Historic Belfast church faces demolition for flats
One of Belfast's oldest churches may be flattened and the site turned into an apartment block, it can be revealed.
Macrory Memorial Presbyterian Church in Duncairn Gardens - straddling a peace line - has been standing since 1896.
It just about survived - with a touch of rebuilding - the Belfast Blitz and the Troubles, but now a developer wants to demolish the empty north Belfast place of worship and build a modern block of 12 two-bedroom apartments.
The former congregation was amalgamated with a nearby church in 2005 to form Fortwilliam and Macrory Presbyterian Church, and the building later fell into disuse.
Belfast City Council's planning committee is to consider the application for demolition next Tuesday.
There is a recommendation to approve the proposal, but councillors can choose to vote according to the evidence they see during the meeting.
A heritage group said the demolition of the church would be a loss to the area.
Chief executive of the Ulster Architectural Heritage Society, Nikki McVeigh, said she would recommend that the building is left intact.
"The Ulster Architectural Heritage Society often regret proposals for demolition of unlisted, but nevertheless important historic buildings," she said.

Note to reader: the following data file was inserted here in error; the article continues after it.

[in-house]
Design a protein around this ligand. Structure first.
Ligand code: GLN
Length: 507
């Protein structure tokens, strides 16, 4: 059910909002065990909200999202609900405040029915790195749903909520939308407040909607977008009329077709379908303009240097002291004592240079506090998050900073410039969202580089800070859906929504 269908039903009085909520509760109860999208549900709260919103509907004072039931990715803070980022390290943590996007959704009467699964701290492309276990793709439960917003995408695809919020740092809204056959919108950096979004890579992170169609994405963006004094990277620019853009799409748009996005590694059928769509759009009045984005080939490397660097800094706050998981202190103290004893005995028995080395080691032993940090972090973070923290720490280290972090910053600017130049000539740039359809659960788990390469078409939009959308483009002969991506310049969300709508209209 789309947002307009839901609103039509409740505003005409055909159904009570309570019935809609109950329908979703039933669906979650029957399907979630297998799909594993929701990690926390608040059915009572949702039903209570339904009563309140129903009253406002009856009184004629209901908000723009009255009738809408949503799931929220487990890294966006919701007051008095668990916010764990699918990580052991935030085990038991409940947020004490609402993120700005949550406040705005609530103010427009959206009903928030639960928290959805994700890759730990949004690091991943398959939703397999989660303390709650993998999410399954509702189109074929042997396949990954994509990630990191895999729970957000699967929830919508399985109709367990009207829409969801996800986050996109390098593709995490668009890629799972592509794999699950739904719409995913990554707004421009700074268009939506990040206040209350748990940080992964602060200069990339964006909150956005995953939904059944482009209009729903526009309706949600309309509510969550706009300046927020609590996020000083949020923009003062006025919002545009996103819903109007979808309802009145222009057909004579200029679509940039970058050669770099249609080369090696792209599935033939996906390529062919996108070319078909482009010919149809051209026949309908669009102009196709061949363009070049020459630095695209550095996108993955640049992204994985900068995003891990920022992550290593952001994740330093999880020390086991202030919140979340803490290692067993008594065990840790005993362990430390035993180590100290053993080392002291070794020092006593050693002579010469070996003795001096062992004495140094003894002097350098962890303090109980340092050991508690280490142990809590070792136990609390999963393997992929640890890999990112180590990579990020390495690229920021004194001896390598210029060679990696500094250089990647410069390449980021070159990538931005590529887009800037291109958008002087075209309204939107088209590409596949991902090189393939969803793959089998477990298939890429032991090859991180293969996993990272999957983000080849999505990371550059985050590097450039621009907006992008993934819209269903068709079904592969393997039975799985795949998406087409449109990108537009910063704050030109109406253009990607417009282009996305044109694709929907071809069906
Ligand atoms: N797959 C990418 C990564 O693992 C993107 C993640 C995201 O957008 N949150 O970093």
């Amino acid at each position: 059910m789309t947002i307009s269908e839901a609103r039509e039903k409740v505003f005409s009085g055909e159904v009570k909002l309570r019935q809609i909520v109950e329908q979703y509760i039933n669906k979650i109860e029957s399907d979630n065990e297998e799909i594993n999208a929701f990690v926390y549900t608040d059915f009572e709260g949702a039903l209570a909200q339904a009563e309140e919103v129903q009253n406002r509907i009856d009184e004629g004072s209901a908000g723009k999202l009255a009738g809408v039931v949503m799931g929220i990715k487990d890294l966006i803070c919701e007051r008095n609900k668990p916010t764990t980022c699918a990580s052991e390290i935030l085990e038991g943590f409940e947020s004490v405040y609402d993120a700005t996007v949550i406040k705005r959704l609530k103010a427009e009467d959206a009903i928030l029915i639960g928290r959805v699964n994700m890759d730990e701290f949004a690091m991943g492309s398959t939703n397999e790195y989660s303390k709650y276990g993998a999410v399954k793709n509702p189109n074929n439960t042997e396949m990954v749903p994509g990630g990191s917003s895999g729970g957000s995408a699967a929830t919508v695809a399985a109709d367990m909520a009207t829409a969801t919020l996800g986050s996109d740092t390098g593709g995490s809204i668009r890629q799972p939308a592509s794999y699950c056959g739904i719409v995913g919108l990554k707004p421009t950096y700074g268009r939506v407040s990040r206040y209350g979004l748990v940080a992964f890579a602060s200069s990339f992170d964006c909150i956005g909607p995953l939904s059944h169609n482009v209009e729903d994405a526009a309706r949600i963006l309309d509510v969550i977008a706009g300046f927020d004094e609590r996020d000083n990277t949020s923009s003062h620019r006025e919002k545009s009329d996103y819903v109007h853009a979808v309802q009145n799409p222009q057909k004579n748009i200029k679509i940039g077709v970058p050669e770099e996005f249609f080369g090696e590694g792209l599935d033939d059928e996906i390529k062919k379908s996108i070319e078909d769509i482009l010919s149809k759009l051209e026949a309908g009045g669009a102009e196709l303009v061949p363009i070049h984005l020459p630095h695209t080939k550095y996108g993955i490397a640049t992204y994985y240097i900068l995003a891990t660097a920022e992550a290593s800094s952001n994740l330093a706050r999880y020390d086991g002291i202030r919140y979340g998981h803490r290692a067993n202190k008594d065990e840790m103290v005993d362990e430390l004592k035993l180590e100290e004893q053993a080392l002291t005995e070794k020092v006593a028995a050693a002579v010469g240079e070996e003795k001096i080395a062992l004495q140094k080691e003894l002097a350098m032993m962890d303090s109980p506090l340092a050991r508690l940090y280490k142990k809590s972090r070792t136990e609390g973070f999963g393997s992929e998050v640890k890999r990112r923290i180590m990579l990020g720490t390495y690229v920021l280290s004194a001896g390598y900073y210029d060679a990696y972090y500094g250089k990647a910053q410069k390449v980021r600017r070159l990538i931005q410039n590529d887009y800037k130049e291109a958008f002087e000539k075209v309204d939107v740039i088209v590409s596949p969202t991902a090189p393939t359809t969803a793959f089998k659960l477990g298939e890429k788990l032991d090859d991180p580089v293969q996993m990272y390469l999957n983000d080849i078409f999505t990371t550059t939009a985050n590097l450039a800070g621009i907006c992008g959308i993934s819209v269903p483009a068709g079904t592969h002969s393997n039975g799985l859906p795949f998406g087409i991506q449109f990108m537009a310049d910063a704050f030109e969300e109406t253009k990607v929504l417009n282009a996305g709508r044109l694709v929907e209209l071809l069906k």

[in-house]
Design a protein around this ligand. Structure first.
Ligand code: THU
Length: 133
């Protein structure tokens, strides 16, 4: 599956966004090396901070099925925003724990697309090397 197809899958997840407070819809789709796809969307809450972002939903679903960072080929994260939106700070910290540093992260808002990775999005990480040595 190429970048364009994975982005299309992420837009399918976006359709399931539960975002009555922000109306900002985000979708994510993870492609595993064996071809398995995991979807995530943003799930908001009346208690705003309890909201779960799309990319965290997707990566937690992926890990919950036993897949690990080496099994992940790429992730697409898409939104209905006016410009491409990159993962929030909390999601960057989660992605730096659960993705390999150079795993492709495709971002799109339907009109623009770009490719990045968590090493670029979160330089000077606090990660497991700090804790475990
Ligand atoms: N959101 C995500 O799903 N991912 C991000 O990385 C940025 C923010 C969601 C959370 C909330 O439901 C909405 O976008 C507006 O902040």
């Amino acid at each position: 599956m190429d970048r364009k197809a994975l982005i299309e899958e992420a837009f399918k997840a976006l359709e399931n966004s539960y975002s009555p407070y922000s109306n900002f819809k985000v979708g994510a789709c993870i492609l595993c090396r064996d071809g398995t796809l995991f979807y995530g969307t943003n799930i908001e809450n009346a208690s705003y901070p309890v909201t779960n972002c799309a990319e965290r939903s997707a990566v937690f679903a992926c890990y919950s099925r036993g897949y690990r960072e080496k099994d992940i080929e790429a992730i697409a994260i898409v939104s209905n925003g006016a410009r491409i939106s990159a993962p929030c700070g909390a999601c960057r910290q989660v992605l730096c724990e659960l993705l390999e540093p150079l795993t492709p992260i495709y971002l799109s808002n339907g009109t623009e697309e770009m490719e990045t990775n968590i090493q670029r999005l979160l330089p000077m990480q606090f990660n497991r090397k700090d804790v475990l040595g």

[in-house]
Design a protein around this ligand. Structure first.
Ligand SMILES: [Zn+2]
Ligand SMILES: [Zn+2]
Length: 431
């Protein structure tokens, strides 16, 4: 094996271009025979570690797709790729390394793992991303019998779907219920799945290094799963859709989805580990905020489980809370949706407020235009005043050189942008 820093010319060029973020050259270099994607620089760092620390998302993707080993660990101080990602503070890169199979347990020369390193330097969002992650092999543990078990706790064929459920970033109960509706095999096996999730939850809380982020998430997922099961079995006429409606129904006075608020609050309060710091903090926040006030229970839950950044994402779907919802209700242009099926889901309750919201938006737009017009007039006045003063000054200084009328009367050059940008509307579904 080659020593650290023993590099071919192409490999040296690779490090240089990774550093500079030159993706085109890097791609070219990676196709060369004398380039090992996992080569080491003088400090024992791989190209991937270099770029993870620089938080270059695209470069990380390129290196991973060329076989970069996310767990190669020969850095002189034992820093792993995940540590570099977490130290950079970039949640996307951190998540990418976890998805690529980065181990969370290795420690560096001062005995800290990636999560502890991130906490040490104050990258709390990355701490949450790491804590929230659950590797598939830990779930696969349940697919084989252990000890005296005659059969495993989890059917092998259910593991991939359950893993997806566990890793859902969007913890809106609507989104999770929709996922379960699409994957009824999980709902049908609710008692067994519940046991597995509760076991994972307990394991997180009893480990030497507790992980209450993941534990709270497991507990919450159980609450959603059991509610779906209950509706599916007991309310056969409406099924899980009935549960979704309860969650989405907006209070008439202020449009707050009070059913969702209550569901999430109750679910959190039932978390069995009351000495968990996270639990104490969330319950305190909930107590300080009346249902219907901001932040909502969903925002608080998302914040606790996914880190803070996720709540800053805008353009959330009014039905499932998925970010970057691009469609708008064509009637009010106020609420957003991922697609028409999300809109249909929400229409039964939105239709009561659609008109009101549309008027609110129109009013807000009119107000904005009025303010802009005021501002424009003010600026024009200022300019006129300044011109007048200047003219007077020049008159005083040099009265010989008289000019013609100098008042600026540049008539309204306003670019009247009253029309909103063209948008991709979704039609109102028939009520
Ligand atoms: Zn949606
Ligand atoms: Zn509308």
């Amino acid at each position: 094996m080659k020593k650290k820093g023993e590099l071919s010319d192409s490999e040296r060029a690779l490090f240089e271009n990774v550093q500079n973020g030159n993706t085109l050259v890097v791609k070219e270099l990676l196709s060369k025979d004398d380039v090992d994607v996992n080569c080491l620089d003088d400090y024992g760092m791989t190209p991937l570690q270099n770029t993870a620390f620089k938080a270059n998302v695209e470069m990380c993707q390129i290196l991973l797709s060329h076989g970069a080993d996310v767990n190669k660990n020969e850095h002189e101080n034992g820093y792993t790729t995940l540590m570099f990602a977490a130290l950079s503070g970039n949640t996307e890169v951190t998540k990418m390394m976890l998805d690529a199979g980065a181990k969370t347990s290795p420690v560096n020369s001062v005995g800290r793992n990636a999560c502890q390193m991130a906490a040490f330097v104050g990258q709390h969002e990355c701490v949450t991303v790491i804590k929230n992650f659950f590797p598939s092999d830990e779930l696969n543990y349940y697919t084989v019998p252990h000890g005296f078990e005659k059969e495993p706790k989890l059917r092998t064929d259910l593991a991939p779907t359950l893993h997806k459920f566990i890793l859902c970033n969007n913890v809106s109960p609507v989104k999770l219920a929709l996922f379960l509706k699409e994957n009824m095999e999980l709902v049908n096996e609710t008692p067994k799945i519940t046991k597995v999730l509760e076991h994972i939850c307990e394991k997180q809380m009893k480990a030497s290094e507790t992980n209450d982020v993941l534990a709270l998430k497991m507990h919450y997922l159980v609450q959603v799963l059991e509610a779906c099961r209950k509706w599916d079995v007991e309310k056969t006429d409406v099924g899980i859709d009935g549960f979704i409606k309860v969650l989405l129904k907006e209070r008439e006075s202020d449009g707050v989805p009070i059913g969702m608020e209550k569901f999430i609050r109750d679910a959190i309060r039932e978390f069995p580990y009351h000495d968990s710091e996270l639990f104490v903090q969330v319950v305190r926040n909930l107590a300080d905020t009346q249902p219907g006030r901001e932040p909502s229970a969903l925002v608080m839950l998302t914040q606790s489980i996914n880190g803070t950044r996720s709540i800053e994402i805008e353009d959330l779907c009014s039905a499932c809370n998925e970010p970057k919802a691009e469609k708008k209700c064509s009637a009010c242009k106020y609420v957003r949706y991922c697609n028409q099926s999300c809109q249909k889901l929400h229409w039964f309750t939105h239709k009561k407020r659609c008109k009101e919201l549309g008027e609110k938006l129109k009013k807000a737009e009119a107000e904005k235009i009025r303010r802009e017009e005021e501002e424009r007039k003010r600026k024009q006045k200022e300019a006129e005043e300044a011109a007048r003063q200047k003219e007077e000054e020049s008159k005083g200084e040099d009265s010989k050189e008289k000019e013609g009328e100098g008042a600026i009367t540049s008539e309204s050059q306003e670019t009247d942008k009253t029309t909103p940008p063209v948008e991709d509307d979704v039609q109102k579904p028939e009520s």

"The former Macrory Memorial Presbyterian Church, Duncairn Gardens, Belfast, is of significance to the local landscape and its demolition would be a loss to local people and place, as a building that links them to their past."
A number of planning applications have been allowed for the building in the past, including for apartments in 2009, a community cafe in 2011, hot food takeaways in 2013 and a gym/boxing club in 2013.
Ms McVeigh said the building had less protection now because the previous applications had been allowed.
"It is unfortunate that previous application for demolition has been passed," she said.
"The building is not listed and is not in a conservation area.
"As a result, it benefits from no statutory protection against demolition. While the building was considered for listing, it fell short of criteria used by the Department of the Environment to decide designations."
The conservationist added: "It is disappointing that very good historic buildings like this may be lost due to lack of designation to protect them.
"Macrory Memorial appears to be in relatively good condition, and we would recommend that there is scope for its retention and conversion for re-use."